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The Great Society at Fifty

What LBJ wrought

May 19, 2014, Vol. 19, No. 34 • By NICHOLAS EBERSTADT
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The War on Poverty was grounded in a set of presumptions about our economy and society that were widely shared at the time by the country’s opinion leaders and decision-making elites. American prosperity was, in this postwar era, finally here to stay​—​and continuing economic advancement could be all but taken for granted. Indeed, the helmsmen of our national economy​—​groups like the President’s Council of Economic Advisers​—​knew so much about how to manage the workings of the magnificent U.S. macroeconomy that they could seriously talk about fine-tuning its performance.

The problem of poverty amid general affluence, for its part, was mainly a technocratic question​—​to be answered boldly through straightforward, official redirection of national resources to fill the country’s “income gap.” Some special programs, however, were also required for addressing conditions in pockets of lingering social disadvantage (urban slums, Appalachia, the Mississippi Delta, and other blighted locales). Guided by experts from the academy and elsewhere, these social programs could, with time, systematically convert virtually all of the underprivileged into full participants in the American Dream.

The conceit that possessed the initial troop of Great Society poverty warriors, in short, was that the challenge inherent in the project of eliminating poverty in America was not in essence very different from that of the project for sending a man to the moon. Both tasks could be successfully engineered by a confident government with sufficient resources, know-how, and commitment behind it. This outlook exemplifies what Friedrich Hayek termed “scientism,” pure and simple: misapplication of techniques and theories from the natural sciences to other, patently unsuitable realms.

The scientistic fallacies that animated the original War on Poverty did not long survive their encounters with real, live human beings, as the fates of the Office of Economic Opportunity and other experiments would attest. Nevertheless, official antipoverty programs and policies went on to flourish—at least by the administrative metric of resource expenditures. In 2012, nearly $700 billion in means-tested transfers of money, goods, and services were obtained by recipients of antipoverty benefits. And this does not include the bureaucratic overhead and personnel costs for such programs. At this writing, annual government outlays for U.S. antipoverty programs may have reached, or even exceeded, the trillion-dollar mark.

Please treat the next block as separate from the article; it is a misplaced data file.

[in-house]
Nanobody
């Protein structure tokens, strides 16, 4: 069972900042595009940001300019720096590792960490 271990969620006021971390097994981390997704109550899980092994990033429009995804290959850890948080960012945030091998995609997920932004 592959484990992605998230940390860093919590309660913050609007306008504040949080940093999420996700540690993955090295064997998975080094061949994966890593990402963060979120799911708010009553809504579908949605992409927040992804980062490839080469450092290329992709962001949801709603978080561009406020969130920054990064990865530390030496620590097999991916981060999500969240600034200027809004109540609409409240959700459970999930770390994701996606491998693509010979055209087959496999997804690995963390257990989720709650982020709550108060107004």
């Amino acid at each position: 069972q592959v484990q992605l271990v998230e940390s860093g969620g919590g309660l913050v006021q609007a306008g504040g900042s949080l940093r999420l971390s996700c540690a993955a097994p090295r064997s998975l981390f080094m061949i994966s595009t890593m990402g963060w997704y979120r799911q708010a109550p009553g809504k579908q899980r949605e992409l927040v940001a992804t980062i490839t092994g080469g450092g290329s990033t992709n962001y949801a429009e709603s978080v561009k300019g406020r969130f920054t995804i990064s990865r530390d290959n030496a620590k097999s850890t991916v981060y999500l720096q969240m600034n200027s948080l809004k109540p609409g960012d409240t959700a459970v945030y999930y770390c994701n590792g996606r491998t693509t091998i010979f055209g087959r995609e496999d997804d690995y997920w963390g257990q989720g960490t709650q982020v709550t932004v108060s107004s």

And programs expressly devised for combating poverty were only one component within the overall schema of social policies intended to redress material want and economic insecurity. For the Great Society also added Medicare to the structure of the American welfare state and arguably prepared the way for more generous, and inventive, outlays from the existing Social Security program. All in all, inflation-adjusted government transfers for social welfare programs soared more than tenfold between 1964 and 2013, and real per capita welfare state transfers were six-plus times higher in 2013 than 50 years earlier. Numerous critics at home and abroad fault the contemporary U.S. social welfare system for what they take to be its punitive austerity. Nevertheless, the share of overall personal income from social welfare transfers jumped from 5.8 percent in 1964 to 17.0 percent in 2013; more than one dollar in six within the overall American household budget thus comes from government entitlement programs, redistributed through social welfare guarantees.

Since 1964, the welfare state has devoted considerable resources to assuring or improving the public’s living standards​—​something like $20 trillion in inflation-adjusted dollars through antipoverty programs alone, by one calculation. What sort of effect have these programs had on deprivation and its attendant miseries? 

If we were to judge the performance of our welfare state solely by the statistical measure invented to gauge national performance in the War on Poverty​—​the “poverty rate”​—​we would have to conclude the whole effort has been a miserable and unmitigated failure. The true picture, however, is rather more complex than that same poverty rate is capable of depicting, though not necessarily much more heartening.


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